Chronic kidney disease has killed tens of thousands of young men and is becoming more deadly. But nobody knows exactly what it is, or what to do about it.
It is stage five they fear the most. Stage five is the mysterious sickness in its deadliest form. "I'm entering stage five," Edilberto Mendez tells me as his wife looks on fretfully. I'm in their small home on the floodplains of Lempa River, in the dank sugar-lands of rural El Salvador, where they live in a community with about 150 other families. "How many others in the village have died of this?" I ask.
"Three close friends, just last year," says Edilberto. His wife interrupts, counting out on her fingers. "And my nephew, my brother, and Ramon, Carlos, Pablo…" She pauses. "I know three Pablos who have died of this."
|Will Storr/The Observer|
Edilberto's kidneys are beginning to fail. It means dialysis. "This is what they've told me," he says with a defensive shrug. "But I'm still walking around. I've seen many people have dialysis. As soon as they try it, they die. I don't want it." Edilberto has his wife to support, his deaf-mute 27-year-old son, and his six-year-old granddaughter.
"If you don't have dialysis you'll die," I say. "And then what will happen to your family?"
"They will be homeless."
Behind him, Edilberto's wife has started to cry. Holding a tissue to her face, she weeps: "He's the only one I have."
"Of those you know who have already died of the disease," I ask, "how many have worked in the sugar fields?"
"All of them."
It goes by many names, but around here they call it "the malady of the sugar cane". It's a quiet epidemic that has been preying on Central America for at least 20 years, killing impoverished landworkers in their tens of thousands across Nicaragua, Costa Rica, El Salvador and Guatemala. And it is becoming ever more deadly. Between 2005 and 2009, incidents in El Salvador rose by 26%. By 2011 the chronic kidney disease (CKD) that is killing Edilberto had become the country's second-biggest killer of men.
That year the health minister, María Isabel Rodríguez, made a dramatic appeal to the international community for help, telling them: "It is wasting away our populations." But nobody knows what to do about it, because nobody knows what exactly it is. In the wealthier west, CKD is largely caused by hypertension or diabetes, but most of the victims here have neither. And it attacks the kidneys in an unusual way. Rather than damaging the filtering system, as in ordinary CKD, this disease seems to have an impact on the tubules – the part of the kidney where the composition of the urine is determined. At the moment, the only scientific consensus is that it's real, and unexplained. I have travelled to El Salvador to investigate the mystery of the malady.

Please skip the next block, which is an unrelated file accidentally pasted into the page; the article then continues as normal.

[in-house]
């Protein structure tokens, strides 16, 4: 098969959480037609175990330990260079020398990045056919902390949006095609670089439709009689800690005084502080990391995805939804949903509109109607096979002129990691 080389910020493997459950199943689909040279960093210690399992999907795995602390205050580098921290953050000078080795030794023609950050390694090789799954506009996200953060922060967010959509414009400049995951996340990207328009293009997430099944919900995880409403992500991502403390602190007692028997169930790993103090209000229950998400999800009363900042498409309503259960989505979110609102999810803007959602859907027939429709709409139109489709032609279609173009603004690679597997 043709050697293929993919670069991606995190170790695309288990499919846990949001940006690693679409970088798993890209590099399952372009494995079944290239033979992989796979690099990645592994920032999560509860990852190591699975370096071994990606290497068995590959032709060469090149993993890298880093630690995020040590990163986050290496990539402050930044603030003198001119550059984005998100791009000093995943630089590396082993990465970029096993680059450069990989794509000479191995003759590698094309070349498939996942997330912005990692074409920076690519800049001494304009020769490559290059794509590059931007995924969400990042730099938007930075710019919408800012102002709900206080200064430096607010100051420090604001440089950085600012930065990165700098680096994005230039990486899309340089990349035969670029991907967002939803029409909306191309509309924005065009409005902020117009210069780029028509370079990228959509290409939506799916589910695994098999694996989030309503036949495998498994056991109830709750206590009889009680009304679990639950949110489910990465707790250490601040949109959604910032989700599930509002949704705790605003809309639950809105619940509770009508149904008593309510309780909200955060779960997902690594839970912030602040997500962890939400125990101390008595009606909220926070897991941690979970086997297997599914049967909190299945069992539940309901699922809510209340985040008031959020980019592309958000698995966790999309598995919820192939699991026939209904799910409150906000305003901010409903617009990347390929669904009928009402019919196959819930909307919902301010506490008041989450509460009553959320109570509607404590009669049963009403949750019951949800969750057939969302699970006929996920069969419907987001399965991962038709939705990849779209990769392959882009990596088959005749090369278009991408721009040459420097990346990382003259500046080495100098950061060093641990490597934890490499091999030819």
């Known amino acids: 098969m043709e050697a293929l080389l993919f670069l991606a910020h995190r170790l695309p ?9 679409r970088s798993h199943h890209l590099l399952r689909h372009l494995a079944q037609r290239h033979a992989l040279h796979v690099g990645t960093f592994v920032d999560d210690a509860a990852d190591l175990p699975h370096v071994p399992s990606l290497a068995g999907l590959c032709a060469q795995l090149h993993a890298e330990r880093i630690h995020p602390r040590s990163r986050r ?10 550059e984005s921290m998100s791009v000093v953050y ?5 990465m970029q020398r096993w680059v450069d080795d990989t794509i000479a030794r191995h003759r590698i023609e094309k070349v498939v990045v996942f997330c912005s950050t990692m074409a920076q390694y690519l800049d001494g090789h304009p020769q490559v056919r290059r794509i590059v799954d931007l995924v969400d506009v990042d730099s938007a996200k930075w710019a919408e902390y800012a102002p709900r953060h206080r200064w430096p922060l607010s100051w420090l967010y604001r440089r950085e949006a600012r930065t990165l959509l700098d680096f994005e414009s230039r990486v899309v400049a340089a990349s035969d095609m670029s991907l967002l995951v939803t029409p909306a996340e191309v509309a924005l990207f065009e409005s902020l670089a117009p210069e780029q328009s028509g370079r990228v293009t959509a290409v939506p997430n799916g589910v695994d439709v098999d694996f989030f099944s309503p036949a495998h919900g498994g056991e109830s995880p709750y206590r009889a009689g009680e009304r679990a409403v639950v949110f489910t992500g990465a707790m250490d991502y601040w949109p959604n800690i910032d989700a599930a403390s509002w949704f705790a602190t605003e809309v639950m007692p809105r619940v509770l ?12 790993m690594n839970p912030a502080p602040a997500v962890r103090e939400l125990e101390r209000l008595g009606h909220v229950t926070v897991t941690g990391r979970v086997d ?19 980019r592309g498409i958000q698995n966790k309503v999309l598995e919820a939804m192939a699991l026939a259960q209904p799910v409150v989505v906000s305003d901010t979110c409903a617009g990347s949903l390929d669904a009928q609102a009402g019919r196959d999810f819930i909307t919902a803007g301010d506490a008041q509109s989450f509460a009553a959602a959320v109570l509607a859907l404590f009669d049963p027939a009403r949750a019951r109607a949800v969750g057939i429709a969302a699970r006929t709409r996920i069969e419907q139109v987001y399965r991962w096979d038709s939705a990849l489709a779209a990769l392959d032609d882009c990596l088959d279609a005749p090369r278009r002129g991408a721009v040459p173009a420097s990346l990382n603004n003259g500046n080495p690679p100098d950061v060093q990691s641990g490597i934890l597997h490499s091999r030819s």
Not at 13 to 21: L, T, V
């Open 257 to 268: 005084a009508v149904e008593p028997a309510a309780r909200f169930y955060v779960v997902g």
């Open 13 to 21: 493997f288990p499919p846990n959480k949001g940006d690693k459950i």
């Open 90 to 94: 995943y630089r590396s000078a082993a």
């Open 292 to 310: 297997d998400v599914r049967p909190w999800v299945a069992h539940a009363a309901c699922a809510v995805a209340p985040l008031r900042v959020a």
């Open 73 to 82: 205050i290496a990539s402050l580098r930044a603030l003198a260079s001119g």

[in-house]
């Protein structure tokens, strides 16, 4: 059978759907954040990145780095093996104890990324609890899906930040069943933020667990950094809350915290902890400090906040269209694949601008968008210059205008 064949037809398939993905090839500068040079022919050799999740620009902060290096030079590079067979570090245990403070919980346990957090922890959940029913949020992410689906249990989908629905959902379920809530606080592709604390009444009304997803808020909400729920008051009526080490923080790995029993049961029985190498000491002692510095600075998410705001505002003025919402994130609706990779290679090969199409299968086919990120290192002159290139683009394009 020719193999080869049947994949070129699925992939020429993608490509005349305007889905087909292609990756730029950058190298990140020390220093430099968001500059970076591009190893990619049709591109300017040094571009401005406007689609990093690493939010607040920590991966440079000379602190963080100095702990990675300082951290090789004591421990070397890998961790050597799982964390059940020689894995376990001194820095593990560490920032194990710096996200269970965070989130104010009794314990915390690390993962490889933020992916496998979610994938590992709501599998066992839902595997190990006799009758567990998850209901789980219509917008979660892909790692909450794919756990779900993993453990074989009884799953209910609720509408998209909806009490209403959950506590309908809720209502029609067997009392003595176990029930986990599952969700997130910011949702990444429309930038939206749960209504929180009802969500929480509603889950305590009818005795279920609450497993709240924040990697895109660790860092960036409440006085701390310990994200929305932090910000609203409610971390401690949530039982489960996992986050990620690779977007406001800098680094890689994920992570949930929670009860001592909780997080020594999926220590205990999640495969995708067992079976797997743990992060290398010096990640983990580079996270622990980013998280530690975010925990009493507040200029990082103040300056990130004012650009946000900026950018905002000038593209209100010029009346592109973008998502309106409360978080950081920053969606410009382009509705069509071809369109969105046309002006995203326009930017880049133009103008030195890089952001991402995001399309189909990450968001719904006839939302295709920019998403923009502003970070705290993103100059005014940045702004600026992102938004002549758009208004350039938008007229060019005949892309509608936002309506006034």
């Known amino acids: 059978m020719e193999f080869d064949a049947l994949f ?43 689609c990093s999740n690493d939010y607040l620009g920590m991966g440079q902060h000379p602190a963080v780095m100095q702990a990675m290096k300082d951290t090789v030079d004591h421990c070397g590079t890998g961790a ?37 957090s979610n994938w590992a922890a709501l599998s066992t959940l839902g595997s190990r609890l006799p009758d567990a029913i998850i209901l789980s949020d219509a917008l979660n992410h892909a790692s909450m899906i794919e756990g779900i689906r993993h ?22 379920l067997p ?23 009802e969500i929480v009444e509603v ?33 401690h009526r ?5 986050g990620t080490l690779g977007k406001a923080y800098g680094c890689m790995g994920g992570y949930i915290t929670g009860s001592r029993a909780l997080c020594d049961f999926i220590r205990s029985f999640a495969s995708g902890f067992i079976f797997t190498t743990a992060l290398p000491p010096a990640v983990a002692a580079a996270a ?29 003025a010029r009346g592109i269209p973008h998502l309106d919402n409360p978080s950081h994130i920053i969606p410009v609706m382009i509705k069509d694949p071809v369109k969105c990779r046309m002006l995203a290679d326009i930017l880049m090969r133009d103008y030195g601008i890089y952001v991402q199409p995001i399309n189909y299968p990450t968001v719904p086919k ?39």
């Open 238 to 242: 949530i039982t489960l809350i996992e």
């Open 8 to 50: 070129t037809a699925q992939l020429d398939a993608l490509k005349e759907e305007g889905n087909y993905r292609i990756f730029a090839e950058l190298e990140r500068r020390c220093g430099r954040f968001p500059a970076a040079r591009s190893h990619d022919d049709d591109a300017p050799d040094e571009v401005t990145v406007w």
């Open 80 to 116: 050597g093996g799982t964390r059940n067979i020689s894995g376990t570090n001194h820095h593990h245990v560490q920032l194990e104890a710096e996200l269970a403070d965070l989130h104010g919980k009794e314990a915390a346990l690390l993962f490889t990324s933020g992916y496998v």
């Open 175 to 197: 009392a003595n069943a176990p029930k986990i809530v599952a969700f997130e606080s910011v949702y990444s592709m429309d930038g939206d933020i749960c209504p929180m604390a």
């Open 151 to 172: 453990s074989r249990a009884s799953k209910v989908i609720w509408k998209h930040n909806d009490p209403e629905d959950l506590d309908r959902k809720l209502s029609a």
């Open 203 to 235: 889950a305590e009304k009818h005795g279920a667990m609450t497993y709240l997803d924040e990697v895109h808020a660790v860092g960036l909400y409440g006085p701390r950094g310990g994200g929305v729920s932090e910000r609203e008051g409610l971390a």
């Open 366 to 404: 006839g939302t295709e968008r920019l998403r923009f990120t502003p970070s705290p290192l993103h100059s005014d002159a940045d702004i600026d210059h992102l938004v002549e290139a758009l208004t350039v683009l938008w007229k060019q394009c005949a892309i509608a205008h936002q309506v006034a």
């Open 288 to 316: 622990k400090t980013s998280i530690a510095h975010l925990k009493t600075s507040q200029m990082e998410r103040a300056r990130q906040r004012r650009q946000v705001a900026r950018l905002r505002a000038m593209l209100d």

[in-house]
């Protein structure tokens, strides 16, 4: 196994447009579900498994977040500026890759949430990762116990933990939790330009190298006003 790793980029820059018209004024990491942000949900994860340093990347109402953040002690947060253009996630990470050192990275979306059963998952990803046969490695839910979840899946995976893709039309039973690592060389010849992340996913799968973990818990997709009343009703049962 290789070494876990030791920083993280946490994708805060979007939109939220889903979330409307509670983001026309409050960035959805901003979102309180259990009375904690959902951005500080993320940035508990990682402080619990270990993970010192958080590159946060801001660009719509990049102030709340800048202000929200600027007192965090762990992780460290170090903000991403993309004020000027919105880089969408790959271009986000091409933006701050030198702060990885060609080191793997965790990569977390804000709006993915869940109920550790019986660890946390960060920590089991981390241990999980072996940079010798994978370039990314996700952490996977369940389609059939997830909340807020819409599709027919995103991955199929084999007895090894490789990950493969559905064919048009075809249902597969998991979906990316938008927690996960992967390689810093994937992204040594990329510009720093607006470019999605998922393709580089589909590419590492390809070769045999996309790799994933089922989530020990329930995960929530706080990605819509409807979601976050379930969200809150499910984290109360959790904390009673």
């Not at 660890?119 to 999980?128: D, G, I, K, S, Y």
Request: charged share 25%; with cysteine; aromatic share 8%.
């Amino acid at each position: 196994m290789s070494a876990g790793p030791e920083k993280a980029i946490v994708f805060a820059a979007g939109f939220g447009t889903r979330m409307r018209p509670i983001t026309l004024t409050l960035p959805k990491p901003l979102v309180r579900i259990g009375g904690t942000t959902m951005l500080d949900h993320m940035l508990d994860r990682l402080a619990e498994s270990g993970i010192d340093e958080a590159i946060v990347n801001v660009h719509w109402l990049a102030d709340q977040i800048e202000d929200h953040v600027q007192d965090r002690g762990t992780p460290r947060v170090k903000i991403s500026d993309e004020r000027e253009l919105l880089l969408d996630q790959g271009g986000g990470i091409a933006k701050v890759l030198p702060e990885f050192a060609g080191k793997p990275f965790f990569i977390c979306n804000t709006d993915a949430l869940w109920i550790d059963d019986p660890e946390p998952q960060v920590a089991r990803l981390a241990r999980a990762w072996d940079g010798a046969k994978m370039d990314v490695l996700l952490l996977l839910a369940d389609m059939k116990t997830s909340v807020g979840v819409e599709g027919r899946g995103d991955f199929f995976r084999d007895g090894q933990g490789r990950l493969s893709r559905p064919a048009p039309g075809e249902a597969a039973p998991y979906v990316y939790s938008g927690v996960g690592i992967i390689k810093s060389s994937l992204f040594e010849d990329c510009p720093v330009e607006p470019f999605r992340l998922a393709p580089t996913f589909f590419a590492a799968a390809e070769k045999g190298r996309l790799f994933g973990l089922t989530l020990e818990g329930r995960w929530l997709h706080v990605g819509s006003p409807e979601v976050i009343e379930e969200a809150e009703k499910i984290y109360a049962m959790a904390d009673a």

Since its discovery, a near-silence has cocooned the disease – a situation that has benefited the industry that so many victims work for. Profitable and vast, Central America's sugar-cane industry supplies 23% of the US's raw sugar imports. In 2011 the EU imported El Salvadorian sugar worth more than €4.7m: it is the country's second-biggest export. The companies themselves say they are not to blame. Nicaragua Sugar Estates, one of Central America's largest plantations, has conducted internal studies, and one in 2001 pointed to "strenuous labour with exposure to high environmental temperatures without an adequate hydration programme" as an important factor. Still, in December spokesman Ariel Granera told the Washington-based Centre for Public Integrity: "We're convinced that we have nothing to do with kidney disease. Our productive practices do not generate and are not causal factors for CKD."
But an increasing number of researchers in the US now believe the CKD is being caused by heat stress and dehydration – that the labourers are, in effect, working themselves to death. A standard day for an El Salvadorian sugar worker lasts between four and five hours, with double shifts during the summer planting season, when temperatures top out at 40C.
"It's suffocating," Edilberto says. "In the five hours there's no break. Many of my workmates have fainted in the fields. Sometimes they vomit, too." Water, he says, is not supplied. "I bring my own. Perhaps two to three litres."
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